Thursday, February 2, 2023. Cold, yesterday. The kind where you need the quilted jacket or overcoat. In the 20s after a light snow the night before. Imagine; all of this freezing weather in early January! We were just getting spoiled; that’s all.
Meanwhile back to Lady Mendl. We posted a message on Tuesday from a reader asking us about the furniture arrangement in the very fashionable and chic Lady Mendl house in Beverly Hills.
Reminder, the reader: I enjoyed the article ‘When stars collide’ but in … the living room of Lady Mendl, Elsie de Wolfe, I cannot understand her philosophy of furniture arrangement. Here is this massive living room with a large rug on the floor, but with nothing but two legs of a stool on it. All the furniture is pushed up against the wall as if to either create dance space (but on a rug?) or to vacuum?
There are two small settees crammed up in separate corners. Why she did not use this space to create smaller conversational groupings I cannot figure out … I guess there’s no one living that can explain it.
Ahh, there was. I asked our friend Charlie Scheips who wrote a beautiful book in 2014 (Elsie de Wolfe’s Paris: Frivolity Before the Storm) on Elsie’s chateau if he could explain. And he did. That room was actually a grand hallway, Charlie explained. It was built onto the house in the 1920s by Anne Morgan, the daughter of JP Morgan, who had befriended Elsie and her partner and became a frequent full-time housemate. When it wasn’t in use for parties it was a perfect space that led to the outside where much of Elsie’s last party before the World War II stopped everything.
This past Tuesday, the 31st of January. Marc Rosen, along with Arthur Houghton, Margo Langenberg and Elizabeth Kabler hosted a birthday dinner at Doubles for Susan Gutfreund and ten guests (including the aforementioned).
First of all, there’s the menu. It’s a buffet at Doubles. Always. And it’s one of those buffets where the selections are specially presented and the kind of menu where you want to try everything. It is presented with an accompanying dessert table that you want to start helping yourself to even before you get to the main course. It’s enough of a good reason to join the club just for lunch and dinner.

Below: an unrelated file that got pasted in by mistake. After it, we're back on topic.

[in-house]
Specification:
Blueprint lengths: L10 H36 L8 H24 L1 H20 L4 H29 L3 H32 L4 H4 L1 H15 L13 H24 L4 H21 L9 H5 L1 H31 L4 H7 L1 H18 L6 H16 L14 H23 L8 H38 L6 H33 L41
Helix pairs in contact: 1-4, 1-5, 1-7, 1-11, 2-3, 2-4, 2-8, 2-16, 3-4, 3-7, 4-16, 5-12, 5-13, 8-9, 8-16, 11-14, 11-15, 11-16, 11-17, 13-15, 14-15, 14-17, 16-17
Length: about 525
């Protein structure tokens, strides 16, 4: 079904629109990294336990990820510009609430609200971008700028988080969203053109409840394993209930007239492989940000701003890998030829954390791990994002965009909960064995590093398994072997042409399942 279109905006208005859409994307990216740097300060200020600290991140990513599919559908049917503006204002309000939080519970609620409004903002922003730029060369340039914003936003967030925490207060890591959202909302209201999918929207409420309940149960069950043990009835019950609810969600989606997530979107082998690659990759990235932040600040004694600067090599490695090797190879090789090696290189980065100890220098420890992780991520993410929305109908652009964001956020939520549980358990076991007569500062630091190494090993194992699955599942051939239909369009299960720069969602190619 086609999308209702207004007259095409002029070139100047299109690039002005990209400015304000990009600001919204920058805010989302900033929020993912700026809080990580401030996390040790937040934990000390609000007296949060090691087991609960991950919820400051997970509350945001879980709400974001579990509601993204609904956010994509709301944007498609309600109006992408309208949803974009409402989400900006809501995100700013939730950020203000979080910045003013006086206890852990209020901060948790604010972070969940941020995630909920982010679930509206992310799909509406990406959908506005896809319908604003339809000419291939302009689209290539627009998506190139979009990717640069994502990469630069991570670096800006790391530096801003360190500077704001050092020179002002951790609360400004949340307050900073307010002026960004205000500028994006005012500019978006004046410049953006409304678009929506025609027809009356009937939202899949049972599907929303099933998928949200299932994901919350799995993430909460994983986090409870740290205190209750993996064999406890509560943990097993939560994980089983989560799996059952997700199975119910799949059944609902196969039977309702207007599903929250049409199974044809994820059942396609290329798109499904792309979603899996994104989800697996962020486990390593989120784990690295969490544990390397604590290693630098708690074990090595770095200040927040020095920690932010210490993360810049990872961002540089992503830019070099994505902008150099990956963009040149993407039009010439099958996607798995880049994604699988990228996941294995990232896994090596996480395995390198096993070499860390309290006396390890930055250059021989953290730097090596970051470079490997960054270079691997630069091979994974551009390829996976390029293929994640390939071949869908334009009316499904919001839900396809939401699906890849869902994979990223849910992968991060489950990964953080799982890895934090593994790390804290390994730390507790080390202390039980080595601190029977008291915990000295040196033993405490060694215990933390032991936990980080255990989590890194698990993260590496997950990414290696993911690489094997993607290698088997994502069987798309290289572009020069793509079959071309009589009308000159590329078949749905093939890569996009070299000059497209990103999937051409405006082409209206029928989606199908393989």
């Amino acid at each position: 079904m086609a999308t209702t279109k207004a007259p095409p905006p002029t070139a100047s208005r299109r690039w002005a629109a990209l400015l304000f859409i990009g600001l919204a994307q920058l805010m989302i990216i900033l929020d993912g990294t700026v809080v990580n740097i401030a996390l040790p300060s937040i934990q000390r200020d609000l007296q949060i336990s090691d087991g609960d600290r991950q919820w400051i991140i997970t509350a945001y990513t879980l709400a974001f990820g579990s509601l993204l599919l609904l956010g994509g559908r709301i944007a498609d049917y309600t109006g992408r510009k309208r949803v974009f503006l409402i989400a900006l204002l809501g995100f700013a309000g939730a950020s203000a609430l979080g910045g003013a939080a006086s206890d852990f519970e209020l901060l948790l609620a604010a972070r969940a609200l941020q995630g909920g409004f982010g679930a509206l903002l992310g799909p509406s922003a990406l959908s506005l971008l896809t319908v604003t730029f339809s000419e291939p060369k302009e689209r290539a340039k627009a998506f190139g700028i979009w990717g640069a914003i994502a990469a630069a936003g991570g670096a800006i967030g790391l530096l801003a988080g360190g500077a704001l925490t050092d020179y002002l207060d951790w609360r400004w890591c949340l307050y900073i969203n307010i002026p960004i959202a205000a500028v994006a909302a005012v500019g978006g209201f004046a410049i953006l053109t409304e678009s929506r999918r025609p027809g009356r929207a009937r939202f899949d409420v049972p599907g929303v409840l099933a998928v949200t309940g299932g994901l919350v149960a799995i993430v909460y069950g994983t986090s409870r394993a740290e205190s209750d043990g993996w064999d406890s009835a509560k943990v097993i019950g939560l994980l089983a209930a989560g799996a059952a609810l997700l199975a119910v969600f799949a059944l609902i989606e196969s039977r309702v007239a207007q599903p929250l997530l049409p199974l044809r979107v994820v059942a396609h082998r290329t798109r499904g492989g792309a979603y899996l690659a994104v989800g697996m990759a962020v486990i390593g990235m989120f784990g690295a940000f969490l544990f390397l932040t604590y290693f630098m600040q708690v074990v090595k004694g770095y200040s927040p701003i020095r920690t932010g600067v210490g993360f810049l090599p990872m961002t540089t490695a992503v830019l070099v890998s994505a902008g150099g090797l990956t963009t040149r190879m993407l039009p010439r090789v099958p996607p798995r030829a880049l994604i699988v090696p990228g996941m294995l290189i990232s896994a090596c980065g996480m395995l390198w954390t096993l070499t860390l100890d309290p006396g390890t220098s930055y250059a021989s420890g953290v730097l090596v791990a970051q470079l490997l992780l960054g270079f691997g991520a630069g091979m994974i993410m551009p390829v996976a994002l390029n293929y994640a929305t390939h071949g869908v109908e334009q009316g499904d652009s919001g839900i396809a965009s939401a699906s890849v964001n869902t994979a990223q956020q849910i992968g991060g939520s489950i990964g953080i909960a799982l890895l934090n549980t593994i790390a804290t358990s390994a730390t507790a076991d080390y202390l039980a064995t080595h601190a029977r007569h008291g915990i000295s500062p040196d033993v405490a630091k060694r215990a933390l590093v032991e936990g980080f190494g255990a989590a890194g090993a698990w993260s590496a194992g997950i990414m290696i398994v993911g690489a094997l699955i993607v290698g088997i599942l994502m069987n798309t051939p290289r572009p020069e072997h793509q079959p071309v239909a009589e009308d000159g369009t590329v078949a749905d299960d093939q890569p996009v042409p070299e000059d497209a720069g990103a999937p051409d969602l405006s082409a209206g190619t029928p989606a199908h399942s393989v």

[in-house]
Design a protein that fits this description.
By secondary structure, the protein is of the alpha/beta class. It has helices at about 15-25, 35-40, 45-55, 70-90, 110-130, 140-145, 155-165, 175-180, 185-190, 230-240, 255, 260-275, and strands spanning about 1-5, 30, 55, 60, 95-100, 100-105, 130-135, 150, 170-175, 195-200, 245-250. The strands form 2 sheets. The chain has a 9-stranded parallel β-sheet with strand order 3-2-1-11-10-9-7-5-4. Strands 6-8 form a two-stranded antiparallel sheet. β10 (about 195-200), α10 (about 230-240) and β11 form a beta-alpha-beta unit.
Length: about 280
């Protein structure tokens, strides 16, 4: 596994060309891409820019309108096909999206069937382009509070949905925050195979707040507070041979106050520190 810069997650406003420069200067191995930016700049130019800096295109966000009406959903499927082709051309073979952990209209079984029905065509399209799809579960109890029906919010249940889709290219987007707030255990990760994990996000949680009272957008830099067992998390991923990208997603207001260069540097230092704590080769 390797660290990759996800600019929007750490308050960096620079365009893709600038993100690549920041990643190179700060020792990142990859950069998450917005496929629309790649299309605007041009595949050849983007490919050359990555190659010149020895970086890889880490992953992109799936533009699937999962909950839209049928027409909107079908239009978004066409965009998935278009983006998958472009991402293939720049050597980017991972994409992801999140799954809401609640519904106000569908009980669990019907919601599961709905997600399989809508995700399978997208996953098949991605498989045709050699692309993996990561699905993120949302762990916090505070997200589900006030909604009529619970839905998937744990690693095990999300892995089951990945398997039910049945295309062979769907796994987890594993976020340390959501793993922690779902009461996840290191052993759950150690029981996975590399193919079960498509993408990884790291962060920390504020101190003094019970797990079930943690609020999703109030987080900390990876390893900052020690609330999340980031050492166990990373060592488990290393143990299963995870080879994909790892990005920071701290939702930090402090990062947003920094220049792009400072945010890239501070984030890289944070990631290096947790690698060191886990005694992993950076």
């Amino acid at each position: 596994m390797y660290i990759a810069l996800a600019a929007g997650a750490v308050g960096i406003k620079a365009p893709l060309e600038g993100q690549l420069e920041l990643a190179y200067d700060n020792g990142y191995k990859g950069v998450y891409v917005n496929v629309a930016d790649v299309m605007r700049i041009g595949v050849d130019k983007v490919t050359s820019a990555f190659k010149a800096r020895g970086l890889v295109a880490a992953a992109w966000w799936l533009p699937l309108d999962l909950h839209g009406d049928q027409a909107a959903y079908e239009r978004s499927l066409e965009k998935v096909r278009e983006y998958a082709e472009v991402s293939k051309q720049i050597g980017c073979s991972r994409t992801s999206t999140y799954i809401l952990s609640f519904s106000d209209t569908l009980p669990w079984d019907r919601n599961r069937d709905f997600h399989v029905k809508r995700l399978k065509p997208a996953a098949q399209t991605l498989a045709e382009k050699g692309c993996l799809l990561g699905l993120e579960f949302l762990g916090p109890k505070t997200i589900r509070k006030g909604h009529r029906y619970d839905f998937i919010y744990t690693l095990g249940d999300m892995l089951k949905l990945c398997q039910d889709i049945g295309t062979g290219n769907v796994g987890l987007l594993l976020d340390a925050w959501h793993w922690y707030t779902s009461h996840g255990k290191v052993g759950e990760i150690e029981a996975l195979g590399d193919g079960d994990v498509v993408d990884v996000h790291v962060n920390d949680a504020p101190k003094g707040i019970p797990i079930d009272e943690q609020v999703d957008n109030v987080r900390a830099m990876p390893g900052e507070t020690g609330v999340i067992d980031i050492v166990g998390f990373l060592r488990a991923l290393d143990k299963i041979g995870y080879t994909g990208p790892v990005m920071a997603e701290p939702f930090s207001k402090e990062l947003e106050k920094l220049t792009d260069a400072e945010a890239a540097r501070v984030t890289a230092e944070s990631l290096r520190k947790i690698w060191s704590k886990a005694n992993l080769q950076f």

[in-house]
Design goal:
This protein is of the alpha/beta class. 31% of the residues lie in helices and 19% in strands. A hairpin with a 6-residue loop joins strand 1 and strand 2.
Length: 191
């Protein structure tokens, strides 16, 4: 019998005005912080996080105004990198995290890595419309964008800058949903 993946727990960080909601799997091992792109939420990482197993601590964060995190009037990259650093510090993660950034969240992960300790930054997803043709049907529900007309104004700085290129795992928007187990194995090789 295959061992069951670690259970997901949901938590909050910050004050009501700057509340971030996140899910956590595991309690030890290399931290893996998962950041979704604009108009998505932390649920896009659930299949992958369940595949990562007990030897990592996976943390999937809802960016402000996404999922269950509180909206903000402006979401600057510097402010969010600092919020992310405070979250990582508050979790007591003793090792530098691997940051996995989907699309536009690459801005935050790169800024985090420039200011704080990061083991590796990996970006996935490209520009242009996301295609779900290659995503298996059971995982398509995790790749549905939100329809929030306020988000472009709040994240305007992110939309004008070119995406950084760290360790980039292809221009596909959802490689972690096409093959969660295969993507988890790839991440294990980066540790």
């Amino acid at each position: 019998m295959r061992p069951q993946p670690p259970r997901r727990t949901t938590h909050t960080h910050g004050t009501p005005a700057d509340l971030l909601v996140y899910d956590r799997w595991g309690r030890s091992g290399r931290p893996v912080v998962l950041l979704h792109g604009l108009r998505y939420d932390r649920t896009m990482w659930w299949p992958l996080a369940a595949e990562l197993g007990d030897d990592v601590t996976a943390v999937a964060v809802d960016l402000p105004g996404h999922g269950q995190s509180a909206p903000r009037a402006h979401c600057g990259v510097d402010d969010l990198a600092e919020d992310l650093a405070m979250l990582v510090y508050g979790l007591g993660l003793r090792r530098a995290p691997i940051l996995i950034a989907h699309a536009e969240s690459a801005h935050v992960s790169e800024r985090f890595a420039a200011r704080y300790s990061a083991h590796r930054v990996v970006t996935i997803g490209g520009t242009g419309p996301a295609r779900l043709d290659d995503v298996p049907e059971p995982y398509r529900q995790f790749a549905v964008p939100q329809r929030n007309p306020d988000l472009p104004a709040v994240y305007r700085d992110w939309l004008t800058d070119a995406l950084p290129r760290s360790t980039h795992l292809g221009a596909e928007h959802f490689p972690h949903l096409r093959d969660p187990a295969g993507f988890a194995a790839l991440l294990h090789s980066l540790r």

I rarely get to Doubles and so when I do, my first obsession is having dinner. It doesn’t always, most always, work out that way, but it nevertheless is something to persuade anyone to attend.
Susan, of course, has enough friends to fill the club but this was the hosts’ party for their friend so it was more intimate. Nevertheless, the conversation was at the table, around the table, left/right; across, and down; and very animated.
Although Doubles is a beautifully decorated and spacious club that is hospitable to the chic, the buffet takes even the chic-est down home. And as a result a dinner party of good friends of the birthday girl had movement (back to the buffet/and don’t forget the desserts). The staff is excellently attentive but the buffet brings out the homey side of the chic-est.
Susan has been a persona and a subject of interest and conversation for as long as I can remember back into the ‘70s when she was first married to John Gutfreund. Back then they were living at the River House (where coincidentally she is now in residence) where they had the penthouse. On the first Christmas Susan arranged for a tree that was so large and tall that it required a crane to lift it the 20 stories.
This holiday celebratory symbol immediately became the talk of the town; the stuff of rumors and gab and social columns. The implication remains unclear to me but at the time it was regarded as slightly scandalous. The River House, majestically overlooking the East River with its spacious and grand apartments was arrivée plus.
Furthermore she and John also had a house on the Left Bank in Paris where they entertained tycoons, dukes, duchesses, moguls and models with the kind of informal grandeur that is only Paris.
She was a girl from Texas, the oldest of five and the only girl. Her father was in some kind of business that required his presence in Europe and that undoubtedly is where her European sensibility (and a good dose of the down home girl) gave her charm and hospitable sense.
The birthday girl at the head of the table remains the hostess she naturally is. I don’t know who was responsible for the concept, but the birthday cake was extraordinary. It was a piece of art. In fact it was modeled after 18th century French porcelain (Saint-Cloud perhaps?). It was so perfect, it seemed wrong to even cut into this piece of (pastry) art. But alas, we sang Happy Birthday to the birthday girl. She quick blew out the candles, and the cuuuutt into this precious piece of cake. And so it was.
However, the “cake” itself was SO good, a very special recipe (Devil’s food and Swiss meringue buttercream) provided by its creator Lauren Resler. I happened to be seated next to the birthday girl and I easily noticed when I finished my cake that she hardly touched hers. I think she had two small pieces leaving the impression that she stays away from the sweets. So, after finishing mine — absolutely delicious — I asked if she were to finish hers. I’m still not sure I heard her reply when I dug my fork in, although I repeated the lurch twice more and she said nothing.
The perfect hostess even as the honored guest. Happy Birthday Susan! And thank you letting a guest “take the cake.”